“Baptists and bootleggers” is a popular concept in economics. It is used to illustrate that in the absence of sound economic thinking, good intentions don’t count for much. According to this concept, baptists want to ban the sale of alcohol on Sundays because it is the day of the lord, and they don’t want people to be drinking that day. And this plays out directly into the hands of bootleggers – who make a living supplying people their booze on Sundays.
So by calling for the sale of liquor to be banned on Sundays, baptists are essentially encouraging an illegal activity and an illegal trade. If not for the baptists, people would be able to buy their liquor legally on Sundays, and bootleggers would be out of business.
There is also a social cost to policies like this – by pushing an activity (such as the sale of liquor on Sundays) underground, you encourage nefarious elements to get into business, rather than keeping it in clean hands. And this is likely to increase the overall rate of crime.
Thus, by their supposedly moral position that alcohol should not be sold on Sundays, baptists actually end up unintentionally encouraging crime!
A similar story to this has been playing out in Karnataka in the last twenty years. For whatever reason, in 1993, the government of Karnataka decided to freeze the total number of liquor licenses in the state. Since 1993, if you want to open a bar or a liquor shop, you need to purchase a license from the secondary market. Effectively, for every new liquor outlet, some outlet somewhere in the state has to close down (whether such closure is usually voluntary or not is left as an exercise to the reader). This increases the cost of liquor intermediation in the state and leads to higher prices for the consumer.
While higher prices may be desirable for “sin goods” such as liquor, there is a better way for the government to increase consumer prices – by levying higher taxes, which ensures that the additional money thus paid by the consumer flows into the government coffers. By limiting the number of licenses, however, the government doesn’t get extra revenue.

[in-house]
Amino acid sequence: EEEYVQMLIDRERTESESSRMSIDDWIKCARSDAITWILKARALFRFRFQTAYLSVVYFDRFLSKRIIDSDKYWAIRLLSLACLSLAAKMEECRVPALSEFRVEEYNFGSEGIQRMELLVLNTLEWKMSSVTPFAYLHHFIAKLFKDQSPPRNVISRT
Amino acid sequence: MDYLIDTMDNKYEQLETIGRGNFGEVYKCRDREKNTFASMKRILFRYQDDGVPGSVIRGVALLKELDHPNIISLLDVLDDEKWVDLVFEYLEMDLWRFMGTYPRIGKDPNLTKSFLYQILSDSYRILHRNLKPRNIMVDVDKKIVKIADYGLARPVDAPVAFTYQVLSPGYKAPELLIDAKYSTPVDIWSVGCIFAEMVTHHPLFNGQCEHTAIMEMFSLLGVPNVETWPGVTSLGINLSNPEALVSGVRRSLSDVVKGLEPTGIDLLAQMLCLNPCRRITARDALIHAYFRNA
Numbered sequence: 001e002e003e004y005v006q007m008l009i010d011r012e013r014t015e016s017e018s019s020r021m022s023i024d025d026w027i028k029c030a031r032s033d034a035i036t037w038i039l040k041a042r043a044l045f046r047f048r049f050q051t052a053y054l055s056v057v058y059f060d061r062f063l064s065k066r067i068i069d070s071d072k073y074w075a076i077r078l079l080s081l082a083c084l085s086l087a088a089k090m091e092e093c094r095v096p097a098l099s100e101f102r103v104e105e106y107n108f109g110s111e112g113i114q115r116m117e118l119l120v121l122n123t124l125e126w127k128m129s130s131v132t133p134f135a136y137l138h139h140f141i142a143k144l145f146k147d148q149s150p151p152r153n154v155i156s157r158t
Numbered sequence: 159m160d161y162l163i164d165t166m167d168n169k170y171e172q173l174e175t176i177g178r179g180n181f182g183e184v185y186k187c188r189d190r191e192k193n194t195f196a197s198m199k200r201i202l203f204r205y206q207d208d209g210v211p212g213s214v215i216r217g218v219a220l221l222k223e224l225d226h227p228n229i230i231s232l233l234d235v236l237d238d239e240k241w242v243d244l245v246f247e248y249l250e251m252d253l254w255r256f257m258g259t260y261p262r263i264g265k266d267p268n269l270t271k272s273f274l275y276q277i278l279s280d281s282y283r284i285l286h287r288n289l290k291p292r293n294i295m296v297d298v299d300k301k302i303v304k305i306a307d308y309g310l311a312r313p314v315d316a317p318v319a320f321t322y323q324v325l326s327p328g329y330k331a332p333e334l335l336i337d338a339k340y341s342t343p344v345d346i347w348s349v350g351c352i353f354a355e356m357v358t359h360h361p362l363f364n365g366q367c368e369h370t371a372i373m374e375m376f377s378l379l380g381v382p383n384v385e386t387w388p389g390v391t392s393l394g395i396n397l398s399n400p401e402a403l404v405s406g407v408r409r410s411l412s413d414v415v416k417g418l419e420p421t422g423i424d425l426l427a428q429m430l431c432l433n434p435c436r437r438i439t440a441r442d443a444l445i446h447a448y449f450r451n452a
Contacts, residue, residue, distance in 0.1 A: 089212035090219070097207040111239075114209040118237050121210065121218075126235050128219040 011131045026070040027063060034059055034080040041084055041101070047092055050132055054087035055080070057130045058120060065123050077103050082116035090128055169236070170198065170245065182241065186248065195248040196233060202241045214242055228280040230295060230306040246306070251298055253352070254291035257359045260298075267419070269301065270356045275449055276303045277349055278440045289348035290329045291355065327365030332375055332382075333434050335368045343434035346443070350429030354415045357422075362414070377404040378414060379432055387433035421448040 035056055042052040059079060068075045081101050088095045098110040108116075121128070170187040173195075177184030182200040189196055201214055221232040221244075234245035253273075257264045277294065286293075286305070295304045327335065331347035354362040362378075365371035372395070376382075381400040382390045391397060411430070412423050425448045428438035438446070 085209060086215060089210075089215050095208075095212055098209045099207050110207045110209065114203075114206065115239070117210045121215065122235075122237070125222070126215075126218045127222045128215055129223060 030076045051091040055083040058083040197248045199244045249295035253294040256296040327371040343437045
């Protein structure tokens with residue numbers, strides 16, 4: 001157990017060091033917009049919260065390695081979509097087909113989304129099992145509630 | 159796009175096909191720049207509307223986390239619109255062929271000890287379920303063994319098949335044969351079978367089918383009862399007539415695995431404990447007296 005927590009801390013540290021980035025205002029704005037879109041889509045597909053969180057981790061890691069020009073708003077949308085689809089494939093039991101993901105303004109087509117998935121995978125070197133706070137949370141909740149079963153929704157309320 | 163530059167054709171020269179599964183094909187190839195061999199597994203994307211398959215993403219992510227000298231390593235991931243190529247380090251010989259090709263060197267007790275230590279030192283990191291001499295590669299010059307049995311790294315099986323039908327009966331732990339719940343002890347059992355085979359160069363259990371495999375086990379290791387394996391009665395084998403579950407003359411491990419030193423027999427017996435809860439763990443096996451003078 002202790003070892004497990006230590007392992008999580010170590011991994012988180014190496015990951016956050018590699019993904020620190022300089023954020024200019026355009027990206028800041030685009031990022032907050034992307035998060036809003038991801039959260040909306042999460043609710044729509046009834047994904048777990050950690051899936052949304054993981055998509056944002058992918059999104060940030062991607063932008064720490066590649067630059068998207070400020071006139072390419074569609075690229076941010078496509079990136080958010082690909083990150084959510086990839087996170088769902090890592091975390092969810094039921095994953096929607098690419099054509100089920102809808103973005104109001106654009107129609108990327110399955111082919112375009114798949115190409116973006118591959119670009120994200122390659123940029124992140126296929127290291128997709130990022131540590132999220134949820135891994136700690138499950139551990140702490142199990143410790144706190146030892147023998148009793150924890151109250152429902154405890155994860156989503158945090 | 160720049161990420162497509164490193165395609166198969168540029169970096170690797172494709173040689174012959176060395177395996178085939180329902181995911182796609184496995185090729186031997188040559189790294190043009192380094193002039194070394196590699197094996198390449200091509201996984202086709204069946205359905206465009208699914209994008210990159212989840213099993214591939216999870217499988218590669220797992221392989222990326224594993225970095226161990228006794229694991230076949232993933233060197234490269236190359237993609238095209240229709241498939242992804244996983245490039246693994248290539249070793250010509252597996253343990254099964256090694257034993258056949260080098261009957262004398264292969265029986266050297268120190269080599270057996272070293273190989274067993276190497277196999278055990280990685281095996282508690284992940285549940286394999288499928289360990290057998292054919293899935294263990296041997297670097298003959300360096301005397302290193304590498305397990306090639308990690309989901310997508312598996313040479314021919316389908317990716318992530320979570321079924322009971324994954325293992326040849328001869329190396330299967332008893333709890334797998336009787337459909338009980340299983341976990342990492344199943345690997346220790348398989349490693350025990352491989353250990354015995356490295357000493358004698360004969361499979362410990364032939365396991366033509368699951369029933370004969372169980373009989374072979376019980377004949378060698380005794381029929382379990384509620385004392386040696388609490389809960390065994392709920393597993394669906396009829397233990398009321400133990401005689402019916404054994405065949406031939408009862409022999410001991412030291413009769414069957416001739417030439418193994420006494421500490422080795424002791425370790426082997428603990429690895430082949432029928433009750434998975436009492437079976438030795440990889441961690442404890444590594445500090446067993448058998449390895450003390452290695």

Instead what this encourages is illegal sale of liquor! That there is a limit on the number of liquor licenses doesn’t push down people’s need for liquor. And they end up buying liquor from illegal sources and bootleggers, and it becomes difficult to maintain quality and hygiene standards on such sales. And with a bar having to close down for every new one that needs to open, you might imagine the kind of characters that might get involved in the process.
Back in 2008, a friend was trying to start a lounge bar, and he mentioned that he had to pay up to the tune of Rs. 30 lakh to get his license, while the official price is about a tenth of the amount. It is obvious that not all the money he paid for his license went to the government’s coffers.
Where do the baptists come here? Because every time there is a proposal to increase the number of liquor licenses, you will have a wave of morality which protests this decision. They are the baptists who keep Karnataka’s bootleggers in business.
Also read this piece on the funny rules of Karnataka’s liquor licensing regime.